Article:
Have you ever wondered how happy children become when served McDonald’s Happy Meals?  But just how happy can a Happy Meal actually make you? For years, parents and physicians have worried about fast food’s nutritional value (or lack thereof), as well as whether their advertising practices prey upon young children.  Fast food has also been criticized for their food preparation techniques, from using GMO’s to constraining their livestock in tight living quarters.  The most recent attack against fast food companies is of a different ilk.  Tracy Pedersen reports that fast food may be linked to depression.

Scientists from the University of Las Palmas de Gran Canaria and the University of Granada found that consumers of fast food are 51 percent more likely to develop depression than minimal or non-consumers.  According to the lead author of this study, Dr. Almudena Sanchez-Villegas, Ph.D., the connection is so strong that “the more fast food you consume, the greater the risk of depression.”  The study also found a similar connection between commercial baked goods, e.g.: donuts, cakes, and croissants, and the likelihood of depression. Read More

News

Food Focus: The Seder Plate

By admin | April 6, 2012

Photo: mollyjade

Photo: mollyjade

By: Michael Engle

On Friday and Saturday nights, April 6 and 7, 2012, Jewish families worldwide will commemorate Passover with seders.  Seder is actually the Hebrew word for “order,” because there is a strict order to the festivities during these first two nights of Passover.  In addition to components such as ritual hand-washing, reading the haggadah, asking “The Four Questions,” and leaving drops of wine on the side of your plate, there is much more to a seder than just a Passover dinner.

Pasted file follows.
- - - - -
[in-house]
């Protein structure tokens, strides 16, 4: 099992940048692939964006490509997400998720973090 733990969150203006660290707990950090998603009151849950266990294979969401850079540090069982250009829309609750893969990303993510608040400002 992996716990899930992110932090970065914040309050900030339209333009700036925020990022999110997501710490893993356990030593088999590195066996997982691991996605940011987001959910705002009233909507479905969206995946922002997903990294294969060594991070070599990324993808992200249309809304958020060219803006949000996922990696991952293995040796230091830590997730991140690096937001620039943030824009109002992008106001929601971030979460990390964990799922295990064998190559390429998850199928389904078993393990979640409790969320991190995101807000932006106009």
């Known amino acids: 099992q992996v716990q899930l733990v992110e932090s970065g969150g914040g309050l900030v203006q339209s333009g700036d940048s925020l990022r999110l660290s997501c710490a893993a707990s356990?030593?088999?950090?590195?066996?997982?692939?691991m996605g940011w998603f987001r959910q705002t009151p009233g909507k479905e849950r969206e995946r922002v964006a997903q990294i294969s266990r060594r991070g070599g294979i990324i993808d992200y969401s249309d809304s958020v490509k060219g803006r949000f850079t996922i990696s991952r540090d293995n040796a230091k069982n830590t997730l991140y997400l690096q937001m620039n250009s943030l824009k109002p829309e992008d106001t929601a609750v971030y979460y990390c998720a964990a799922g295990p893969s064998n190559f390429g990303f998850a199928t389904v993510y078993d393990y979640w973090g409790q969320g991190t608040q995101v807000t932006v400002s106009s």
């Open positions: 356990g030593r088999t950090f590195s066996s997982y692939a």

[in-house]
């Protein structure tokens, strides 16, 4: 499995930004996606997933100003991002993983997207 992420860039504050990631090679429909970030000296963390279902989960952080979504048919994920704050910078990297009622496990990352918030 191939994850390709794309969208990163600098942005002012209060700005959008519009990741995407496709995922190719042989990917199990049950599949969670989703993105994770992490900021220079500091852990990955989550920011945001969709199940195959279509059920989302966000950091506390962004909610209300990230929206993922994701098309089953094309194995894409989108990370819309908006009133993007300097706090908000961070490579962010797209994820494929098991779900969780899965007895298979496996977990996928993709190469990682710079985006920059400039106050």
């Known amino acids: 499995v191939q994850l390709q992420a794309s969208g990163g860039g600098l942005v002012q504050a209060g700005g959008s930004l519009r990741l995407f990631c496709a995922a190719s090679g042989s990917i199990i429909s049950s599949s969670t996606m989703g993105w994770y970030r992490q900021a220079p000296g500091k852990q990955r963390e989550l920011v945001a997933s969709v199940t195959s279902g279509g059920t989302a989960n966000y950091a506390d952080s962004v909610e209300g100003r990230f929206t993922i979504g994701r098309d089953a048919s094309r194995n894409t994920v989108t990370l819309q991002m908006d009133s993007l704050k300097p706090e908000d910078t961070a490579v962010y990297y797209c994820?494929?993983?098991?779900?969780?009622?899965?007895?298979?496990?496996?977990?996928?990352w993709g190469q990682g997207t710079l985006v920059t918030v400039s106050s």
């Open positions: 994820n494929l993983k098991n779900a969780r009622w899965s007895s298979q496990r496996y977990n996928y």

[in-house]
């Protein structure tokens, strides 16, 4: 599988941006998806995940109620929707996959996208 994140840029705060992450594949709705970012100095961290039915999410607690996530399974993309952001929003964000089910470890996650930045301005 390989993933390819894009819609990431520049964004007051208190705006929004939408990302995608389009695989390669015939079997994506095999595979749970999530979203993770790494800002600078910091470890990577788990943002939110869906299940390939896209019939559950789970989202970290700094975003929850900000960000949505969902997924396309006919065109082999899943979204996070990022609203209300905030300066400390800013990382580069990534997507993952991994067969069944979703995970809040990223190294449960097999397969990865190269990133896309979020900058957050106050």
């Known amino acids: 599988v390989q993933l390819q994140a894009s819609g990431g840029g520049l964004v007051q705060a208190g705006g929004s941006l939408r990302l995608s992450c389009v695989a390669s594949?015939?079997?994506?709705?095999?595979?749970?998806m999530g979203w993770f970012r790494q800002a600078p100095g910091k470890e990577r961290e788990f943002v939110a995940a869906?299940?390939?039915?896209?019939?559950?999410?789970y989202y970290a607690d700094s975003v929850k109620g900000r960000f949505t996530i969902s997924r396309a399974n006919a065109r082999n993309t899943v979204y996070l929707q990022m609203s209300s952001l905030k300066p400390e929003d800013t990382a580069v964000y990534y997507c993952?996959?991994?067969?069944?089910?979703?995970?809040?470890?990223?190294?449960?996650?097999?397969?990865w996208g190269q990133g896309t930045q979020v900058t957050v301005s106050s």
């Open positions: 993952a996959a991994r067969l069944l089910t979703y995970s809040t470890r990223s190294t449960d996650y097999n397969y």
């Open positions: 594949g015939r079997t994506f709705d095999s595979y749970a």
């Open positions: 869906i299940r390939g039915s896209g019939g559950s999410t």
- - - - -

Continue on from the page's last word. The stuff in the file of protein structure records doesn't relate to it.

Two food-centric centerpieces that appear on every seder table are the three-sheet pile of matzo and the seder plate.  The seder plate has six food items; each one carries its own symbolic element. Read More

News

Another Day for BPA

By admin | April 5, 2012

Photo: Rubbermaid Products

Photo: Rubbermaid Products

By: Michael Engle

Just recently, the U.S. Food and Drug Administration decided against banning bisphenol A, or BPA, from food packaging.  This decision satisfied a legal settlement with the Natural Resources Defense Council, which originally presented the FDA with a petition to remove the chemical.  The FDA’s failure to ban the chemical should not be interpreted as a seal of approval; as a matter of fact, the FDA indicated that it would conduct further research on BPA.

BPA is commonly used to line food and beverage cans, in order to prevent the food or drink from reacting with the can and altering its taste.  Read More

News

Four-Person Hot Dogs and Other Unique MLB Foods, Part II

By Michael Engle | April 5, 2012

Photo: Wally Gobetz

Photo: Wally Gobetz

For many Americans, yesterday marked the unofficial start of spring. To celebrate Opening Day of the 2012 Major League Baseball season, we showcased some of the more unique food items in the Bigs, from the regionally beloved to the “just, plain weird.” However, because not every team played yesterday, certain teams will be celebrating their Opening Days today instead.  As a result, we will step up to the plate again, with more of the best concessions the MLB has to offer!

To read our first installment of unique ball park eats, click hereRead More

News

What Exactly Is Kosher?

By admin | April 5, 2012

Photo: Henk Kosters